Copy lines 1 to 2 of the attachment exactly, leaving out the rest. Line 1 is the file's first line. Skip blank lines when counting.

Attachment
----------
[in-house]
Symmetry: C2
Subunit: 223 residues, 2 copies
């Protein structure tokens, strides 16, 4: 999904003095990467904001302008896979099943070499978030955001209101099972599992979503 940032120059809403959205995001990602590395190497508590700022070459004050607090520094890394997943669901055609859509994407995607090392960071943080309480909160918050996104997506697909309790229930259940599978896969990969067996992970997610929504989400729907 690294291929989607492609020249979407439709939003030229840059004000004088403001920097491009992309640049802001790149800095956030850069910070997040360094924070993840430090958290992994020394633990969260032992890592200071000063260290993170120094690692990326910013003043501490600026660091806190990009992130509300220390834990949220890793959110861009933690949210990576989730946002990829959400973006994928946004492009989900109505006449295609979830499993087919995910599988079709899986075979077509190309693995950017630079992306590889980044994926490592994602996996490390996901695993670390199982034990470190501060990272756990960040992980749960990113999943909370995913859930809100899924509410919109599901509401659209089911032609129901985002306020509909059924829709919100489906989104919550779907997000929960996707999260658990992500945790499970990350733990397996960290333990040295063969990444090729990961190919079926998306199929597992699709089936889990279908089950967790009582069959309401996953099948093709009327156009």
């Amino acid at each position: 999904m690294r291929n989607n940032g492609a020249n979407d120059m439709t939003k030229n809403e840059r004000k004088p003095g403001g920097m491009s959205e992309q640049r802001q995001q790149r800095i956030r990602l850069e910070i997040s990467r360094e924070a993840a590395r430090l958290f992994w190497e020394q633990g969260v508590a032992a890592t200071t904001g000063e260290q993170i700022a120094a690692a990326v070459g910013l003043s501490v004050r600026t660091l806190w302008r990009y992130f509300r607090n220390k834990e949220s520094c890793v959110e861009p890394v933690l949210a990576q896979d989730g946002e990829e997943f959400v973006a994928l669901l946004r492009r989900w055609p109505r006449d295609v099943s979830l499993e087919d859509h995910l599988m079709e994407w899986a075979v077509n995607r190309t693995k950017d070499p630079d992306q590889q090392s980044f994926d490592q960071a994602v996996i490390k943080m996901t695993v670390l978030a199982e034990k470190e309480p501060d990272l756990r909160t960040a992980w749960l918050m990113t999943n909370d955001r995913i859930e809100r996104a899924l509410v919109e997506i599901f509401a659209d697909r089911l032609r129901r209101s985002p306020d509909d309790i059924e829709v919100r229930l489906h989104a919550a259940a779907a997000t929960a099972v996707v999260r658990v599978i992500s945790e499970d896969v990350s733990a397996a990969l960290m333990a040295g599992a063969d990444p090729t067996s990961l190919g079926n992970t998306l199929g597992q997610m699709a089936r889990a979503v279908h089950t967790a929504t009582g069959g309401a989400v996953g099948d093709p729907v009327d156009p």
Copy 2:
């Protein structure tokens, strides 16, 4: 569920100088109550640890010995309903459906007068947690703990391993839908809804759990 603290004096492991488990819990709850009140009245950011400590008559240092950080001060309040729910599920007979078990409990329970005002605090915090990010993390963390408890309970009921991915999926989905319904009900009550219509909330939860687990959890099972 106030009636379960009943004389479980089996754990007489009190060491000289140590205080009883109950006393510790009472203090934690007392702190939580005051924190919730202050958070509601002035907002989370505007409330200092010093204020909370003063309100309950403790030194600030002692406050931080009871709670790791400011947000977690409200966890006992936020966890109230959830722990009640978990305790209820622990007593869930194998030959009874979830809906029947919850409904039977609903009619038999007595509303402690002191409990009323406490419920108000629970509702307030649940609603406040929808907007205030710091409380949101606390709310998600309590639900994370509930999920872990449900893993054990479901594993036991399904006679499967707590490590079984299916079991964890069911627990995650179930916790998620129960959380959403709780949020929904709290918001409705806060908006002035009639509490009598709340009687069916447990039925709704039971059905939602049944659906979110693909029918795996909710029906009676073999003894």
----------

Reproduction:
[in-house]
Symmetry: C2